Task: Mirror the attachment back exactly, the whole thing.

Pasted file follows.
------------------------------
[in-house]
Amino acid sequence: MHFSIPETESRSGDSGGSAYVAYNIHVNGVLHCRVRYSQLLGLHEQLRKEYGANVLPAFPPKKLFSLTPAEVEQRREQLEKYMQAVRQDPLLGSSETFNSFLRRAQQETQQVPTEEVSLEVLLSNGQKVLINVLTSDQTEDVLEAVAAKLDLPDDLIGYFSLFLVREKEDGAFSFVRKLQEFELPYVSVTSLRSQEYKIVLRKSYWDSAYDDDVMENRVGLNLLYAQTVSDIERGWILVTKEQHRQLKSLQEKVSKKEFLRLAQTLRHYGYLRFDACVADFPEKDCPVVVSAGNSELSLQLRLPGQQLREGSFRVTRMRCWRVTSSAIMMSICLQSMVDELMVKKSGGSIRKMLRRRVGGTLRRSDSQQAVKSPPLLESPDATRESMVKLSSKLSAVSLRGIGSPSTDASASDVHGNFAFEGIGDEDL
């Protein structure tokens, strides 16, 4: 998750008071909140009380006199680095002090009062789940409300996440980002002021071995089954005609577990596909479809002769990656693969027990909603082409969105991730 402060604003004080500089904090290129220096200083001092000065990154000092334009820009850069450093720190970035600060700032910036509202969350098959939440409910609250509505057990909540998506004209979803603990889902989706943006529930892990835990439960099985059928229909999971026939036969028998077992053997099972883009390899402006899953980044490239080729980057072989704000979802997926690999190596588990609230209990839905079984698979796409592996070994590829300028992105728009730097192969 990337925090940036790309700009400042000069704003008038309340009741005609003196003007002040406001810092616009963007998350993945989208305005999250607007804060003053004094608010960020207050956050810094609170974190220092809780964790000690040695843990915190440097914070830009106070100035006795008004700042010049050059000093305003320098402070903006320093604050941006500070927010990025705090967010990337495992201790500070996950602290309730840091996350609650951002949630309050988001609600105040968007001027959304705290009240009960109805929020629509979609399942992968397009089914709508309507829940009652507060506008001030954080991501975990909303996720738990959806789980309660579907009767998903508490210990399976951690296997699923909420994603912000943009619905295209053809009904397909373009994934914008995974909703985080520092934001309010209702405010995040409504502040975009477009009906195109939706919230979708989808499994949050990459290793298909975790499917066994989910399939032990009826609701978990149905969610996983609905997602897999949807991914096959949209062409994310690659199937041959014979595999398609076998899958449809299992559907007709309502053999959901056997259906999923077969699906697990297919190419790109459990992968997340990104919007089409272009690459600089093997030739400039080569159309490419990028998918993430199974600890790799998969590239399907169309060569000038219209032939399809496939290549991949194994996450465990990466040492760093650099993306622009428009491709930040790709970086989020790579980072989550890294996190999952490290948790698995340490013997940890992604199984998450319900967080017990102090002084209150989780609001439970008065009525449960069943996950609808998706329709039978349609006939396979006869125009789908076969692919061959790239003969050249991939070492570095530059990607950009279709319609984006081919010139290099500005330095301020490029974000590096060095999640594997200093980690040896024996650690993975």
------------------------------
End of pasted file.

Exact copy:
[in-house]
Amino acid sequence: MHFSIPETESRSGDSGGSAYVAYNIHVNGVLHCRVRYSQLLGLHEQLRKEYGANVLPAFPPKKLFSLTPAEVEQRREQLEKYMQAVRQDPLLGSSETFNSFLRRAQQETQQVPTEEVSLEVLLSNGQKVLINVLTSDQTEDVLEAVAAKLDLPDDLIGYFSLFLVREKEDGAFSFVRKLQEFELPYVSVTSLRSQEYKIVLRKSYWDSAYDDDVMENRVGLNLLYAQTVSDIERGWILVTKEQHRQLKSLQEKVSKKEFLRLAQTLRHYGYLRFDACVADFPEKDCPVVVSAGNSELSLQLRLPGQQLREGSFRVTRMRCWRVTSSAIMMSICLQSMVDELMVKKSGGSIRKMLRRRVGGTLRRSDSQQAVKSPPLLESPDATRESMVKLSSKLSAVSLRGIGSPSTDASASDVHGNFAFEGIGDEDL
């Protein structure tokens, strides 16, 4: 998750008071909140009380006199680095002090009062789940409300996440980002002021071995089954005609577990596909479809002769990656693969027990909603082409969105991730 402060604003004080500089904090290129220096200083001092000065990154000092334009820009850069450093720190970035600060700032910036509202969350098959939440409910609250509505057990909540998506004209979803603990889902989706943006529930892990835990439960099985059928229909999971026939036969028998077992053997099972883009390899402006899953980044490239080729980057072989704000979802997926690999190596588990609230209990839905079984698979796409592996070994590829300028992105728009730097192969 990337925090940036790309700009400042000069704003008038309340009741005609003196003007002040406001810092616009963007998350993945989208305005999250607007804060003053004094608010960020207050956050810094609170974190220092809780964790000690040695843990915190440097914070830009106070100035006795008004700042010049050059000093305003320098402070903006320093604050941006500070927010990025705090967010990337495992201790500070996950602290309730840091996350609650951002949630309050988001609600105040968007001027959304705290009240009960109805929020629509979609399942992968397009089914709508309507829940009652507060506008001030954080991501975990909303996720738990959806789980309660579907009767998903508490210990399976951690296997699923909420994603912000943009619905295209053809009904397909373009994934914008995974909703985080520092934001309010209702405010995040409504502040975009477009009906195109939706919230979708989808499994949050990459290793298909975790499917066994989910399939032990009826609701978990149905969610996983609905997602897999949807991914096959949209062409994310690659199937041959014979595999398609076998899958449809299992559907007709309502053999959901056997259906999923077969699906697990297919190419790109459990992968997340990104919007089409272009690459600089093997030739400039080569159309490419990028998918993430199974600890790799998969590239399907169309060569000038219209032939399809496939290549991949194994996450465990990466040492760093650099993306622009428009491709930040790709970086989020790579980072989550890294996190999952490290948790698995340490013997940890992604199984998450319900967080017990102090002084209150989780609001439970008065009525449960069943996950609808998706329709039978349609006939396979006869125009789908076969692919061959790239003969050249991939070492570095530059990607950009279709319609984006081919010139290099500005330095301020490029974000590096060095999640594997200093980690040896024996650690993975």